There is more than meets the eye when it comes to being a drill sergeant. For example, did you know that they make an average of $39.88 an hour? That's $82,948 a year!
When it comes to the most important skills required to be a drill sergeant, we found that a lot of resumes listed 17.7% of drill sergeants included safety procedures, while 12.4% of resumes included physical fitness, and 10.1% of resumes included individual training. Hard skills like these are helpful to have when it comes to performing essential job responsibilities.
If you're interested in becoming a drill sergeant, one of the first things to consider is how much education you need. We've determined that 42.4% of drill sergeants have a bachelor's degree. In terms of higher education levels, we found that 6.5% of drill sergeants have master's degrees. Even though some drill sergeants have a college degree, it's possible to become one with only a high school degree or GED.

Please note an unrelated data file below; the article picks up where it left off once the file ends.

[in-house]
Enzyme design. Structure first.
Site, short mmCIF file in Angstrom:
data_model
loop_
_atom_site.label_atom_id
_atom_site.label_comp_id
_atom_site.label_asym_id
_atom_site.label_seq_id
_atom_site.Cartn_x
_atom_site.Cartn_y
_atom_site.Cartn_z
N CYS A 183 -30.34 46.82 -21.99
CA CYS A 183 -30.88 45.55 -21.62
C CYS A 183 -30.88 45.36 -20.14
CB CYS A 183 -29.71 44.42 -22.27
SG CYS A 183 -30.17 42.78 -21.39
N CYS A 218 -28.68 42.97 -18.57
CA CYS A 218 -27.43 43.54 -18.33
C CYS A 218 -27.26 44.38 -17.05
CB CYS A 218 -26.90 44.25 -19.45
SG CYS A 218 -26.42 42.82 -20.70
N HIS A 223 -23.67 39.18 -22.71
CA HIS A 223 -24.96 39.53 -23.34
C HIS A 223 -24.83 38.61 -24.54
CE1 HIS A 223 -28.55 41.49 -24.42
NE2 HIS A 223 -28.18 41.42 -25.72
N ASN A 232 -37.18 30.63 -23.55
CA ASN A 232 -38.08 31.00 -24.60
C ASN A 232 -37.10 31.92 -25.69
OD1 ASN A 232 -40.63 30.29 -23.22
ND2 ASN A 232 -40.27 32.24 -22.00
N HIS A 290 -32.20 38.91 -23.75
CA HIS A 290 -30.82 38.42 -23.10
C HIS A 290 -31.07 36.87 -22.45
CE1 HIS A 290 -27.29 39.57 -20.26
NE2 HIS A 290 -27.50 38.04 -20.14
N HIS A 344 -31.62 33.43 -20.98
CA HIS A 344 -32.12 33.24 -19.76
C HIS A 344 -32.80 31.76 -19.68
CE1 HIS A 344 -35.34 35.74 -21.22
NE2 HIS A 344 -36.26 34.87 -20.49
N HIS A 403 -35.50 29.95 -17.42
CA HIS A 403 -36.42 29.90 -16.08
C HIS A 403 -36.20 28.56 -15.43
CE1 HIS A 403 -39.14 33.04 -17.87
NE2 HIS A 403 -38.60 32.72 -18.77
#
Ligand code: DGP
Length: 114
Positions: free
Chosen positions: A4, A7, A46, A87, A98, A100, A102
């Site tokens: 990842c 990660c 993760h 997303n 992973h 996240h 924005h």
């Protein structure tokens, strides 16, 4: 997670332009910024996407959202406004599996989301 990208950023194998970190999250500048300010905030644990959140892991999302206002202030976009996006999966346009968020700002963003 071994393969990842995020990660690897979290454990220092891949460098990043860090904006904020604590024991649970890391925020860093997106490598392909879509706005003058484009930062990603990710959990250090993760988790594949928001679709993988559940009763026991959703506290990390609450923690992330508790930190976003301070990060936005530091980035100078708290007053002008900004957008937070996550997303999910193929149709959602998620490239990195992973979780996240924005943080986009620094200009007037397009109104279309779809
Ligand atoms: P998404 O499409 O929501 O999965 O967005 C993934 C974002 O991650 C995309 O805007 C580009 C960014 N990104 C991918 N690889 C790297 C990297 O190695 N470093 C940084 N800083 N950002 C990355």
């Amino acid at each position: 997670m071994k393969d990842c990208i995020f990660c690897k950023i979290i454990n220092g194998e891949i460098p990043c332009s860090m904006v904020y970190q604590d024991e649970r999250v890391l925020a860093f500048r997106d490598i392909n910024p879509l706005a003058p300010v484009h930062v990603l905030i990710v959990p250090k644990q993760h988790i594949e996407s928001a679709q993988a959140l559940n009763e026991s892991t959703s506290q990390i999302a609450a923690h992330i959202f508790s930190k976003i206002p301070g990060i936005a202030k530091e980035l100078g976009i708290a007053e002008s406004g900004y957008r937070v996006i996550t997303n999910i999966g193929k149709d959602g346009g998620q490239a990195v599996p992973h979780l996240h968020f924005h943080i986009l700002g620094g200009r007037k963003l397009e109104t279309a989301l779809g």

Choosing the right major is always an important step when researching how to become a drill sergeant. When we researched the most common majors for a drill sergeant, we found that they most commonly earn bachelor's degree degrees or associate degree degrees. Other degrees that we often see on drill sergeant resumes include high school diploma degrees or master's degree degrees.
You may find that experience in other jobs will help you become a drill sergeant. In fact, many drill sergeant jobs require experience in a role such as squad leader. Meanwhile, many drill sergeants also have previous career experience in roles such as team leader or platoon sergeant.
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In addition to switching up your job search, it might prove helpful to look at a career path for your specific job. Now, what's a career path you ask? Well, it's practically a map that shows how you might advance from one job title to another. Our career paths are especially detailed with salary changes. So, for example, if you started out with the role of first sergeant you might progress to a role such as instructor eventually. Later on in your career, you could end up with the title operations officer.
Tell us your goals and we'll match you with the rights job to get there.
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